LET’S NOT COUNT THIS ONE.

(Who’s with me?)

Let’s hold out for another snowstorm this year, one that arrives in the daylight so we can actually experience the magic and wonder of the snow as it falls.

Let’s pray for a snow miracle!

*Dark and Stormy fixin’s. Details to come.

Day 15: Blueberry Pickin’, I and II

7.4.13 BLUEBERRY PICKING I

You around Thursday? she asked, the kind of question that—with Leslie and an enthusiastic Yes! in response—always ends well. It’s opening day for blueberries. 

(July 4th + [I’ve actually never been] blueberry pickin’ + Leslie = BIG FUN I think.)

Yeah, I say. I think I can fit that in. (insert ha ha here)

I like it already.
These people are serious.
Rows and rows (and a beautiful blue sky)
mother lode
That Leslie. She’s a professional.
See?
My haul. Not too shabby for a beginner, I think.

______________________________________

7.13.13 BLUEBERRY PICKING II

And then my friend Colleen came from New Jersey for a weekend visit, and like any self-respecting hostess, I strapped a blueberry bucket around her waist (in the rain) and set her to pickin’, too.

There she is. Way down there!
Colleen. Fashionable and efficient!

Both days were fabulous, and the people at Berry Hill Farm in Lexington could not have been nicer. Looking forward to going back soon for Blueberry Picking III!

30 Days of Fun II

Day 8: From the Fellowship Mall

Providence Players in The Wishing Tree

It’s a cute story with such a sweet message, said my friend, Cindy, about the Christmas play performed by our youth this year, the youth at Providence Presbyterian Church.

And it was. The Wishing Tree is the story of a group of teenagers working in a mall on Christmas Eve. Each member of this group of colorful individuals finds his or her wildest Christmas wish granted because each is a wish for someone else.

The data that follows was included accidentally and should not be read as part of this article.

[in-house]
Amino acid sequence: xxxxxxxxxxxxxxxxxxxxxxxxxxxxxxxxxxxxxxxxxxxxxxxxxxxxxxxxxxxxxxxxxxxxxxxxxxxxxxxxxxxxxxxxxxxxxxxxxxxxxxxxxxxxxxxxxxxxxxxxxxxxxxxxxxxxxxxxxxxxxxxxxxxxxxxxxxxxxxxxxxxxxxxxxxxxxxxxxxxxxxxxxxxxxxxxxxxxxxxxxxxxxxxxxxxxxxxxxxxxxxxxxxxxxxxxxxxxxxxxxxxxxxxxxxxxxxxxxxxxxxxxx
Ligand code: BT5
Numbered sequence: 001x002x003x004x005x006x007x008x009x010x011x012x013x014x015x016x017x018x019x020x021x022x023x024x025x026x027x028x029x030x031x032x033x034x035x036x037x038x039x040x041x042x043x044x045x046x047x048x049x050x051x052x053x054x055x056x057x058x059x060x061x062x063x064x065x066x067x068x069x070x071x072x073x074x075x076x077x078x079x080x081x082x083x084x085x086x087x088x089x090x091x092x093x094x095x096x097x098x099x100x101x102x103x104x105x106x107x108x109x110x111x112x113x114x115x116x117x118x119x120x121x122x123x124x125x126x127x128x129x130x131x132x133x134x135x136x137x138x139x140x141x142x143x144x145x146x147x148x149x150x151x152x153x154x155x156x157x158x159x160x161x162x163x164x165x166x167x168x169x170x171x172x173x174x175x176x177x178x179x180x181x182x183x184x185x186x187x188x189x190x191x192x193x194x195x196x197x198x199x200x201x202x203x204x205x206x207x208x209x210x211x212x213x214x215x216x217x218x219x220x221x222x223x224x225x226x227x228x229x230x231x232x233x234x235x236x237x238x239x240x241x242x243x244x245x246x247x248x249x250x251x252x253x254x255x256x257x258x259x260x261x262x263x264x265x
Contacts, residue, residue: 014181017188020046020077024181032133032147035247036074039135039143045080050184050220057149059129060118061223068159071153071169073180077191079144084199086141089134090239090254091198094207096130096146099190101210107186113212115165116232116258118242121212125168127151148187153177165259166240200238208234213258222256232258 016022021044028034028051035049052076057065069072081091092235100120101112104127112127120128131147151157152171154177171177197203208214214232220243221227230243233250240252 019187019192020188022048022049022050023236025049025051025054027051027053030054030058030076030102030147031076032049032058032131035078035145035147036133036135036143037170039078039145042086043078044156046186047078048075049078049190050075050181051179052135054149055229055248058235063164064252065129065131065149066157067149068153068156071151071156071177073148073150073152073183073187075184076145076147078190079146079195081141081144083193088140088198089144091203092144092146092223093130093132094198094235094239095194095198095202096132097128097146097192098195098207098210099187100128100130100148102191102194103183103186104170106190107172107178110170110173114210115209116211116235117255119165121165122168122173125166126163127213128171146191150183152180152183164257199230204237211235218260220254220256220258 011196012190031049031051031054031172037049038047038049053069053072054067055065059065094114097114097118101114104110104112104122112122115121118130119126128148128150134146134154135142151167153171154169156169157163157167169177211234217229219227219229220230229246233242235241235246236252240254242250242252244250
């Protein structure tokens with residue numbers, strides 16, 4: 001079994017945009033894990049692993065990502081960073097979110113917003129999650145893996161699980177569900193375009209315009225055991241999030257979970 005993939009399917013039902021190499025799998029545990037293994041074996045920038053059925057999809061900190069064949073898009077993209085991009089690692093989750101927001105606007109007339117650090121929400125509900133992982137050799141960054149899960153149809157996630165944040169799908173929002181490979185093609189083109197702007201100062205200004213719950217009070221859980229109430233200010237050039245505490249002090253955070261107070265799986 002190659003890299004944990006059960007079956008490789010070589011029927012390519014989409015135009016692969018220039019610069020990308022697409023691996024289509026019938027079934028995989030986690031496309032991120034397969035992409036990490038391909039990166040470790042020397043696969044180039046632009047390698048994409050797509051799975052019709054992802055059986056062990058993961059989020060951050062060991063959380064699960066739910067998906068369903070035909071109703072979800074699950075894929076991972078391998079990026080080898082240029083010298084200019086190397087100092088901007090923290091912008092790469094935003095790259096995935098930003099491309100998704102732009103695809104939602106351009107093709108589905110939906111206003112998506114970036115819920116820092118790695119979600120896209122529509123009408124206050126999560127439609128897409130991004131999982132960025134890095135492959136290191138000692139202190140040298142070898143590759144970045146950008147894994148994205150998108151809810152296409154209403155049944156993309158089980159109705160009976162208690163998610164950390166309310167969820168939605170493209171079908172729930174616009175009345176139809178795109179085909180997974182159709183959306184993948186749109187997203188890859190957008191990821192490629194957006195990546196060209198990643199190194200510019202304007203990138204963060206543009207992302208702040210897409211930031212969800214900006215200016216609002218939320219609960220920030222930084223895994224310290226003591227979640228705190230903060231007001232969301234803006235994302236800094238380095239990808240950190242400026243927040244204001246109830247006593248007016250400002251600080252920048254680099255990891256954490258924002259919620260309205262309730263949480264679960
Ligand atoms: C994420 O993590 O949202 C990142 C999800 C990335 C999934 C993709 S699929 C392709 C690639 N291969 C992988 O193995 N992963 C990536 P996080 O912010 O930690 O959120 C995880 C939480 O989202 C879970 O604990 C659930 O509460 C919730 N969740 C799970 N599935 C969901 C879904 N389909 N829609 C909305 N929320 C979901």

But the magic of this show is not in the play itself. It is, instead, in the spirit of the performers; a band of believers who share the joy of this miraculous season with so much heart it touched my soul in a beautiful, joyful way.

I am grateful to the Providence Players one and all—and, in particular, their fearless leader, Andy Simmons. Their performance of The Wishing Tree is a sweet, sweet gift to every person in the audience.

 

Want to go? Tickets are available at the door for tonight’s (December 15, 2012) performance of The Wishing Tree. Curtain rises at 7:00 pm. Providence Presbyterian is located at 1112 Hummingbird Lane in West Columbia, SC.

Day 11: When October Comes

It was the perfect way to usher in my favorite month of the year.

I had just spent a magical week in South Carolina’s Lowcountry, shooting a television campaign with a group of people who brought such laughter and joy to their work it left me feeling changed. I made the drive home thinking about it—the people, the work, the interactions. Why was this project so special?

At the heart of it, I believe there was a remarkable spirit of generosity that marked this shoot, permeating every aspect of the work and spreading location-to-location, person-to-person, like a goodwill virus. Everyone had a job to do, yes. But each also looked out for the others, going way beyond his or her own “job” to provide whatever assistance was needed; doing something simply because it needed to be done.

It made me realize how dramatically the tenor of life changes when you go about your days thinking: What can I do to help?

I woke up this morning grateful for this insight and the many lessons I learned on the Beaufort shoot. Then I turned toward the light to find October dawning.

October Sky, Day 1

30 Days of Grace